If there is a file called core, check that its time matches the time of the problem.

 If there are directories called ‘core_<PID>' check for core files in each of these.

It is   IMPORTANT to get the correct core file. Now obtain a stack    trace from this core file. Check each of the sequences below for the procedure.

One of the following should work for your   platform:  

 If you have dbx:        % script /tmp/core.stack
    % dbx $ORACLE_HOME/bin/oracle core
  (dbx) where    

 (dbx) quit  
 % exit            

 If you have sdb:  
  % script /tmp/core.stack
  % sdb $ORACLE_HOME/bin/oracle core
  * t                          ...                          * q                          

If you have xdb:                          % script /tmp/core.stack                          % xdb $ORACLE_HOME/bin/oracle core                          (xdb) t                          ...                          (xdb) q                          % exit                          If you have adb:                          % script /tmp/core.stack                          % adb $ORACLE_HOME/bin/oracle core                          $c                          ...                          $q                          % exit                        If you have gdb:                         % script /tmp/core.stack                          % gdb $ORACLE_HOME/bin/oracle core                           (gdb) bt > stack.out                          (gdb) quit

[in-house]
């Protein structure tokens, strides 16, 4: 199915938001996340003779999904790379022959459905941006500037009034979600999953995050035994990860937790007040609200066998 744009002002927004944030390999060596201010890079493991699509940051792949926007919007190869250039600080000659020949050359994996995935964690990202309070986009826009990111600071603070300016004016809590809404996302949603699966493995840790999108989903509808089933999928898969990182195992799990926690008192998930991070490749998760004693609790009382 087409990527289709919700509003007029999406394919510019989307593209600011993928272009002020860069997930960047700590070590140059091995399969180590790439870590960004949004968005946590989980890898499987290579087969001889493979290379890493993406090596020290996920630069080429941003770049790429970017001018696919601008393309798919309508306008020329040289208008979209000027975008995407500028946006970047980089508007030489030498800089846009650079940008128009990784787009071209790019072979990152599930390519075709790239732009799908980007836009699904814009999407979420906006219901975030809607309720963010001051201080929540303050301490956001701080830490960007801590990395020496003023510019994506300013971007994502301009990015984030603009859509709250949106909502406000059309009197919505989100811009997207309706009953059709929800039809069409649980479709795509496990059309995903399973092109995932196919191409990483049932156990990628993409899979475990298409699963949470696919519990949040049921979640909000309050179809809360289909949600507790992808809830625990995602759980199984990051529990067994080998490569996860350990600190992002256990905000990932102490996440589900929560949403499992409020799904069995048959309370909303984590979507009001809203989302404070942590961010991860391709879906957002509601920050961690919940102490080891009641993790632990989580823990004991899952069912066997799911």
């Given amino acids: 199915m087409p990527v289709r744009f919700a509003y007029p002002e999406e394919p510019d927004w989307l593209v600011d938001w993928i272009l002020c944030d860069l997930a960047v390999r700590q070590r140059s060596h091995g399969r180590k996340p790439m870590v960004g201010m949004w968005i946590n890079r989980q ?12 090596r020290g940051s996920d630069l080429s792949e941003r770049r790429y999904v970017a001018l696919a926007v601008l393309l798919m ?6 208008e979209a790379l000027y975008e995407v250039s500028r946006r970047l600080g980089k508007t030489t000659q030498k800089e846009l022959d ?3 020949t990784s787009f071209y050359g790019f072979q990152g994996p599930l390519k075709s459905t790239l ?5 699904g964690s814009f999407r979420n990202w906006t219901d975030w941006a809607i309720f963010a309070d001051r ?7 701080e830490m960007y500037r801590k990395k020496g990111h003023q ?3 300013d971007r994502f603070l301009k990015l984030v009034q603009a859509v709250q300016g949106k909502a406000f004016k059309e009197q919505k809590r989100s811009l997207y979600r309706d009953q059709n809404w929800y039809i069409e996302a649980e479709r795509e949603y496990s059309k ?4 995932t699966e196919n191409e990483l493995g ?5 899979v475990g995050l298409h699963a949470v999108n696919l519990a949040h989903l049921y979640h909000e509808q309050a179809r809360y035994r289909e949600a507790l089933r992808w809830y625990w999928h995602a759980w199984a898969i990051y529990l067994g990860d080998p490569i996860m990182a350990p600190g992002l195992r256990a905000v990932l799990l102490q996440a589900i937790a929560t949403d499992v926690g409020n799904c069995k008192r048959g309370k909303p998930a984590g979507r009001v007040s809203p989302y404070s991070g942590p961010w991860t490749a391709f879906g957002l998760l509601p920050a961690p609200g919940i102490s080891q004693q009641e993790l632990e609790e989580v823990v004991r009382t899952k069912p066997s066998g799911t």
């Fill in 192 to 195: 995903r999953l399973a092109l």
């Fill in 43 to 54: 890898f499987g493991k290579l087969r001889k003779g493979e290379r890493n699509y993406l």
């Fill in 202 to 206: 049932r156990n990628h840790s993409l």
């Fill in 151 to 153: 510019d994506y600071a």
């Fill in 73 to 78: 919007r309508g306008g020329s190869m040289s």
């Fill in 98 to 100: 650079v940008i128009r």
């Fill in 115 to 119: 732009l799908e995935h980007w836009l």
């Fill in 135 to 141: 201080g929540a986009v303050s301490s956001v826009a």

4)     Try to isolate the SQL command that is executing when  the error occurs.

 Eg: Is it a particular SQL statement or PL/SQL block that causes the error ?   To help establish this turn on SQL_TRACE for the client  tool.  

Eg: Product     Action              

SQL*Forms   Use the '-s' statistics option at run time.



 This should force a server side SQL trace file as detailed    in #2 above.

 The trace file should give a clue as to what SQL was being executed.